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Doe v. Trustees of Boston College

United States Court of Appeals, First Circuit

June 8, 2018

JOHN DOE, MARY DOE, and JAMES DOE, Plaintiffs, Appellants,
v.
TRUSTEES OF BOSTON COLLEGE, PAUL J. CHEBATOR, CAROLE HUGHES, CATHERINE-MARY RIVERA, PATRICK J. KEATING, and BARBARA JONES, Defendants, Appellees.

          APPEAL FROM THE UNITED STATES DISTRICT COURT FOR THE DISTRICT OF MASSACHUSETTS Hon. Denise J. Casper, U.S. District Judge

          Charles B. Wayne, with whom Matthew J. Iverson and DLA Piper LLP were on brief, for appellants.

          Daryl J. Lapp, with whom Elizabeth H. Kelly and Locke Lord LLP were on brief, for appellees.

          Before Torruella, Selya, and Kayatta, Circuit Judges.

          TORRUELLA, Circuit Judge.

         In October 2012, John Doe ("Doe") was accused of sexually assaulting a fellow Boston College student during an off-campus school event sponsored by a student organization. Pursuant to its written policies and procedures on sexual assault, outlined in its 2012-2013 Student Guide (the "Student Guide"), and Conduct Board Procedure, Boston College held disciplinary proceedings against Doe. After two days of hearings, an Administrative Hearing Board (the "Board") found Doe responsible for the lesser offense of indecent assault and battery, and imposed several sanctions. Doe filed an appeal of the Board's decision, but his request for appeal was denied by Boston College officials. In 2014, at the request of Doe's parents, Boston College conducted an independent review of the disciplinary proceedings. The reviewer determined that the Board had properly followed the relevant procedures and that new evidence that Doe brought forth did not undercut the Board's finding.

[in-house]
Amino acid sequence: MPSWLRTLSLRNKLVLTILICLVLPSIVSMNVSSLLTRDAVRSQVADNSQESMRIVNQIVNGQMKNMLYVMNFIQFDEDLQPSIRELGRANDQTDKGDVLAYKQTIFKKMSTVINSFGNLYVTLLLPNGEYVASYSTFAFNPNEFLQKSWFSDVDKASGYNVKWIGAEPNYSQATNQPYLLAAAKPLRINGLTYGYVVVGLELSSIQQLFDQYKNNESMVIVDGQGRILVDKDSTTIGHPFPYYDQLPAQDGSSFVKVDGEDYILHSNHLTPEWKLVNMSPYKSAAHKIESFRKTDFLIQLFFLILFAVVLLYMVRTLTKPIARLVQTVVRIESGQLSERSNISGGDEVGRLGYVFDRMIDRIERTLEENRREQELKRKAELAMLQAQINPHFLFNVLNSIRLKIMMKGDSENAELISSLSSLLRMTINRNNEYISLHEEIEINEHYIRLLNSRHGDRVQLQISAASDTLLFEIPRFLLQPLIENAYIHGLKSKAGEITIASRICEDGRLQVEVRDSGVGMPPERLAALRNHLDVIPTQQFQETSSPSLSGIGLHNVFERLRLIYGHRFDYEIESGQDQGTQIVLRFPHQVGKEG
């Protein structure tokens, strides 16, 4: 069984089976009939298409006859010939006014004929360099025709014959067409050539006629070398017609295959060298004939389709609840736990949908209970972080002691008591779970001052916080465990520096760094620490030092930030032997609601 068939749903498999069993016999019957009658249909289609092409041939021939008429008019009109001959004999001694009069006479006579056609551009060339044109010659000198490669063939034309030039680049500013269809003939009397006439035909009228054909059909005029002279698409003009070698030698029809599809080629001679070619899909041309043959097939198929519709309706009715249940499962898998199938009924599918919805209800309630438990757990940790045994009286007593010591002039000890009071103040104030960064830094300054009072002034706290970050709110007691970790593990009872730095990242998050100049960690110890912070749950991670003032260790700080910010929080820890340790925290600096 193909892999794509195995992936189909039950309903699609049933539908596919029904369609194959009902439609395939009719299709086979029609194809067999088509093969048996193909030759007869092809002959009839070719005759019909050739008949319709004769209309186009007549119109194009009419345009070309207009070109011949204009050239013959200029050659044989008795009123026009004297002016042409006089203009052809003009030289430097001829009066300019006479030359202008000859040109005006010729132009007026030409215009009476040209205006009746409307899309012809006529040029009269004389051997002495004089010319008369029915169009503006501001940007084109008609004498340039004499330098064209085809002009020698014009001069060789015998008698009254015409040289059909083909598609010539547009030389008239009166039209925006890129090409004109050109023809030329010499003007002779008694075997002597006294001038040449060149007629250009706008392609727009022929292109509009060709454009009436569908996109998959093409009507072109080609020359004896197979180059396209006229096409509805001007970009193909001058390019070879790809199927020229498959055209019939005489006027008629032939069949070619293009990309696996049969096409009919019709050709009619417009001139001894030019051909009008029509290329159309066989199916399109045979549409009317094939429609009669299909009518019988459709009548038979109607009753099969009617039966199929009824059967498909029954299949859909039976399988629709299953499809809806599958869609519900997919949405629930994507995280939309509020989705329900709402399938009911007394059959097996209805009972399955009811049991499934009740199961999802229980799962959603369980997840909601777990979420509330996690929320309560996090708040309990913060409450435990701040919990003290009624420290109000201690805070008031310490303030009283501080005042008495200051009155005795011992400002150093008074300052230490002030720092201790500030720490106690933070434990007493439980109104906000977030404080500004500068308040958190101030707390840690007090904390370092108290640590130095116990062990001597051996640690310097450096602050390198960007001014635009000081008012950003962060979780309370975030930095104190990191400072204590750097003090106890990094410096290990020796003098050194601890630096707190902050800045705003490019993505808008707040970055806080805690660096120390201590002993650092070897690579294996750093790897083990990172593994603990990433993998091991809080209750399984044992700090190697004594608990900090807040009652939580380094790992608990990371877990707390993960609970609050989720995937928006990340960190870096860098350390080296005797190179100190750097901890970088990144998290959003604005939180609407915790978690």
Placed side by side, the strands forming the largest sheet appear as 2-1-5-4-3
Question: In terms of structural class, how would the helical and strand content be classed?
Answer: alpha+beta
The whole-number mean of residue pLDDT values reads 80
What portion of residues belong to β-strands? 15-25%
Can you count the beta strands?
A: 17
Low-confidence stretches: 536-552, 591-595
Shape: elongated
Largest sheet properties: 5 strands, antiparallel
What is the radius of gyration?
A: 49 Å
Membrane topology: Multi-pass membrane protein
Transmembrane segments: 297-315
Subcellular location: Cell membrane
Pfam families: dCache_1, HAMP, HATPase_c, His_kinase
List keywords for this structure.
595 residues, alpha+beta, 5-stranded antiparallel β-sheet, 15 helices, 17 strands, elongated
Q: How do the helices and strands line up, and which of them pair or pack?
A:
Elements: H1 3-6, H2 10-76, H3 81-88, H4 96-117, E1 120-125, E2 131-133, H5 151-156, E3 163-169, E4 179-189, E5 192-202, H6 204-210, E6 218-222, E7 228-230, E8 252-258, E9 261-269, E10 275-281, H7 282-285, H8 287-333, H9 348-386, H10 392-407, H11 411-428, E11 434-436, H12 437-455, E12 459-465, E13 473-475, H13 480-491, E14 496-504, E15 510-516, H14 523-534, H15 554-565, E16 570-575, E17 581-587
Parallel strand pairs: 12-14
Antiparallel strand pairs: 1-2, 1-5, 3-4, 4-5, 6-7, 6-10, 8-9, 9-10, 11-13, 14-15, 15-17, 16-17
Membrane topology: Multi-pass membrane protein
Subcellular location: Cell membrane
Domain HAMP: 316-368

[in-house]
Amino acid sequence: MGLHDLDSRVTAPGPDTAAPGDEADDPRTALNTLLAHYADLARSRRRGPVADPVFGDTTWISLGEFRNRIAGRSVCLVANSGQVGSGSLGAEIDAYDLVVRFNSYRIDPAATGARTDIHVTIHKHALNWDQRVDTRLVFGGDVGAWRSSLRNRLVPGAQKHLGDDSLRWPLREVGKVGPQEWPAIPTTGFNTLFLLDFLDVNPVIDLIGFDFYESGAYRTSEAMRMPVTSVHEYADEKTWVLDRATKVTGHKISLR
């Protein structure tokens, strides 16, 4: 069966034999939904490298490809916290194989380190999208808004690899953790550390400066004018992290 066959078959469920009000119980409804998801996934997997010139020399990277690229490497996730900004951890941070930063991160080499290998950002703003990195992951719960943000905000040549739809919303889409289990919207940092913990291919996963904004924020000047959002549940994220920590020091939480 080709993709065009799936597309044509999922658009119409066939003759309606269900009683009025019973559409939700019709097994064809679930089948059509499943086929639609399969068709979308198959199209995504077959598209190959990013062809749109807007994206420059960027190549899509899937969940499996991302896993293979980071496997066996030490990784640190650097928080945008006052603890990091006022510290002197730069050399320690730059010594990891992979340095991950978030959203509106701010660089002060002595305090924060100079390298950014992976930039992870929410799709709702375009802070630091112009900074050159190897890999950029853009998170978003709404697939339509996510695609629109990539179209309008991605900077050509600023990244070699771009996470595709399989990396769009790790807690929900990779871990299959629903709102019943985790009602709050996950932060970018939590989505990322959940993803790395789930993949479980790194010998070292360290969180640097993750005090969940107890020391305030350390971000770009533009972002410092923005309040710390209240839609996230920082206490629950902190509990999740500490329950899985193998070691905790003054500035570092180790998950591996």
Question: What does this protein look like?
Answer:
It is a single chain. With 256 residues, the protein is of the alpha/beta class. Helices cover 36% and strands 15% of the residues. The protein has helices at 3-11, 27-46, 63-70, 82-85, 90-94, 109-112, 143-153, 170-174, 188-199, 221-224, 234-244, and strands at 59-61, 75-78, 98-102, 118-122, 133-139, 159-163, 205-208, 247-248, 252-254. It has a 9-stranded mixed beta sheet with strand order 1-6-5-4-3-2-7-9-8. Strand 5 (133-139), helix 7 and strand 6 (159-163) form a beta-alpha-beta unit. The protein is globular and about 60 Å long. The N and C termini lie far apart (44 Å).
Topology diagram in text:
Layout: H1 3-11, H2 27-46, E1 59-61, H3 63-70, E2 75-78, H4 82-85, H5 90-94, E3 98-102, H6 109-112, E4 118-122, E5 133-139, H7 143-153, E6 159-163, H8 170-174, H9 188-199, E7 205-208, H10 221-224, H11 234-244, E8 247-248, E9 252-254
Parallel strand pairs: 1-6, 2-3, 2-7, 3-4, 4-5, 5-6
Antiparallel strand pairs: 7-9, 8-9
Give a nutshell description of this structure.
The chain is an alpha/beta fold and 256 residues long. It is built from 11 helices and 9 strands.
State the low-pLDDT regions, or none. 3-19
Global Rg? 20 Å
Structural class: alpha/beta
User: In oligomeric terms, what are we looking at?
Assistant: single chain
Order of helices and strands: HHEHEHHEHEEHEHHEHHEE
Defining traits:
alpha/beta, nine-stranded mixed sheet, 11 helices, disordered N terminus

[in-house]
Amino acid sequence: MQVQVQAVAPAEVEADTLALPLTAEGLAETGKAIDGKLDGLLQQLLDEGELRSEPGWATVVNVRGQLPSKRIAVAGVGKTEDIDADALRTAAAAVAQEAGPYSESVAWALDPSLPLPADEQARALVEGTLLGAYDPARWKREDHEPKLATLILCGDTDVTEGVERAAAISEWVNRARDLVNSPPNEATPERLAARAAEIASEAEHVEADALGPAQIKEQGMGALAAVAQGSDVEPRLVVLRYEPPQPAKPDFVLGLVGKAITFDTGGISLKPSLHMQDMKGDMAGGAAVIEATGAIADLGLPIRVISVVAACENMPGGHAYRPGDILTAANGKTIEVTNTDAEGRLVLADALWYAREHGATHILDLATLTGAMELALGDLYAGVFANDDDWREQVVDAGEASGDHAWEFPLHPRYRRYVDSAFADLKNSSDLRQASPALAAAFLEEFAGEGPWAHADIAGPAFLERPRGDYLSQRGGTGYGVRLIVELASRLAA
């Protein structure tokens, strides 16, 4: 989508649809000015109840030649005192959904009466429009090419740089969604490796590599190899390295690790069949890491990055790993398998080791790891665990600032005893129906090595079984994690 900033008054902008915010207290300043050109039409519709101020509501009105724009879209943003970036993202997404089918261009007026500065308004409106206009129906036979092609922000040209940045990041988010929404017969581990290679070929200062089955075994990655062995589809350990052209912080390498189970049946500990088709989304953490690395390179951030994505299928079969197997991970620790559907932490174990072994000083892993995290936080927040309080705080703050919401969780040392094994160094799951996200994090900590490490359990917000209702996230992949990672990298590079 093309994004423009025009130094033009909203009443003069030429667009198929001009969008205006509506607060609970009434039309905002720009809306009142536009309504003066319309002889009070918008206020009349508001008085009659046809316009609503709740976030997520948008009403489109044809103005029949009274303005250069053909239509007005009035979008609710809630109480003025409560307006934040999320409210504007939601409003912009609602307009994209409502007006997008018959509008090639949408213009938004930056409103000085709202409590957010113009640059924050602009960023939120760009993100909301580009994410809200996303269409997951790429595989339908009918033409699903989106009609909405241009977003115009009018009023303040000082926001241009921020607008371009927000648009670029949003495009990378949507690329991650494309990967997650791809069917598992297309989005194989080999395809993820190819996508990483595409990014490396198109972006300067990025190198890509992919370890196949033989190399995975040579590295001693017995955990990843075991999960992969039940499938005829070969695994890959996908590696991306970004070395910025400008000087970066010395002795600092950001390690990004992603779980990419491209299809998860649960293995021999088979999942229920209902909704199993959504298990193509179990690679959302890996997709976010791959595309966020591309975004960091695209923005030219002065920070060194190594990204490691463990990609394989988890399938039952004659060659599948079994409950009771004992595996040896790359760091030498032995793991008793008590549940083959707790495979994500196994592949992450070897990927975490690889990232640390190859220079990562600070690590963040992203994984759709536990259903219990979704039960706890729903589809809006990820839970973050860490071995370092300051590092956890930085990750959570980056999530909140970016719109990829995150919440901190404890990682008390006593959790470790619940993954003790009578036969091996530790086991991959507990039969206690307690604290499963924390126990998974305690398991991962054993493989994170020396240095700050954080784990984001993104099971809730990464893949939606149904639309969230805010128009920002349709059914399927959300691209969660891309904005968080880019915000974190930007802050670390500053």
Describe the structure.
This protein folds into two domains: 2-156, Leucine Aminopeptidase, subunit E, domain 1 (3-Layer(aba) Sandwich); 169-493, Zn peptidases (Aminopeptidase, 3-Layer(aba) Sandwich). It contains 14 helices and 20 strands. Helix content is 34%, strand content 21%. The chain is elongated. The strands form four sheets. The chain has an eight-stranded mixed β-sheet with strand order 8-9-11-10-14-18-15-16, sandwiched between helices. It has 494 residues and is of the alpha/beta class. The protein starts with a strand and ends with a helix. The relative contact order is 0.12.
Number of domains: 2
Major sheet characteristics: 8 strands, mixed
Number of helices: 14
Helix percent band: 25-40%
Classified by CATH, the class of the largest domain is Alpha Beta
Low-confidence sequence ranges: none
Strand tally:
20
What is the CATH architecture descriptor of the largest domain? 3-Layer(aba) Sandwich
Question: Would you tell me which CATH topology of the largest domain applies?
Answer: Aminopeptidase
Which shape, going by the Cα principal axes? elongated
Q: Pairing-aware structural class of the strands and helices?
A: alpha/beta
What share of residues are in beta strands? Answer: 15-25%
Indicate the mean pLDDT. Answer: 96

Seeking compensatory damages, declaratory relief, a permanent injunction, and expungement of the disciplinary proceedings from his university records, Doe and his parents, James and Mary, (collectively "the Does") filed a lawsuit against Defendants Trustees of Boston College (the "University" or "B.C."), and several B.C. officials. Following discovery, the parties filed cross-motions for summary judgment. The district court held a hearing and subsequently entered summary judgment on all counts in the Defendants' favor. This timely appeal followed. After careful review, we vacate in part and affirm in part.

         I. Background

         A. Factual History

         1. The Alleged Sexual Assault

         On October 20, 2012, Doe, a senior at Boston College, attended a school event on the SPIRIT OF BOSTON cruise ship in his capacity as a journalist for the school newspaper. At around 11:30p.m., Doe -- standing 6'4" tall and wearing a purple shirt -- danced his way across a heavily crowded dance floor to reach some of his friends. While Doe was slowly moving through the crowd, a woman turned around and screamed at him. The woman, "A.B., " later testified that at that time she felt a hand go up her dress and that "two fingers were forcibly inserted up into [her] anus." After the screaming incident, Doe continued to move across the crowd until he reached his friends. Soon after, security guards escorted Doe to a separate area on the ship, where he was required to stay until the ship returned to the pier. Massachusetts State Police arrested Doe once the ship docked, and released him on bail the following morning. Forensic specialists took his clothes and several swabs from his hands, fingers, and fingernails as evidence.

         The State Police arrested Doe based on the allegations made by A.B. to State Trooper David Walsh ("Trooper Walsh"). According to the October 20, 2012 Arrest Report, A.B. stated to Trooper Walsh that "while she was dancing she felt a hand go up he[r] dress and penetrate her." She further stated that "she immediately turned around and identified/looked at the person who touched her." While still at the pier, Trooper Walsh asked A.B. to step out of the police cruiser and identify the alleged wrongdoer. A.B. identified Doe as the person who touched her. Betsy, A.B.'s friend and dance partner during the school event, did not see the alleged sexual assault, but mentioned to the state authorities that A.B. told her "that the tall male with brunette hair [and] purple buttoned down shirt stuck his fingers in between her legs."

         According to Doe, however, another male -- Boston College senior "J.K." -- crossed the dance floor in front of him as the alleged sexual assault occurred. Doe testified that, at the moment when A.B. screamed at him, J.K. turned to him and said, "Sorry, dude, that was my bad." The day after Doe's arrest, J.K. texted some of Doe's friends asking whether Doe was "ok" and if Doe "got in trouble."

         2.The Criminal Case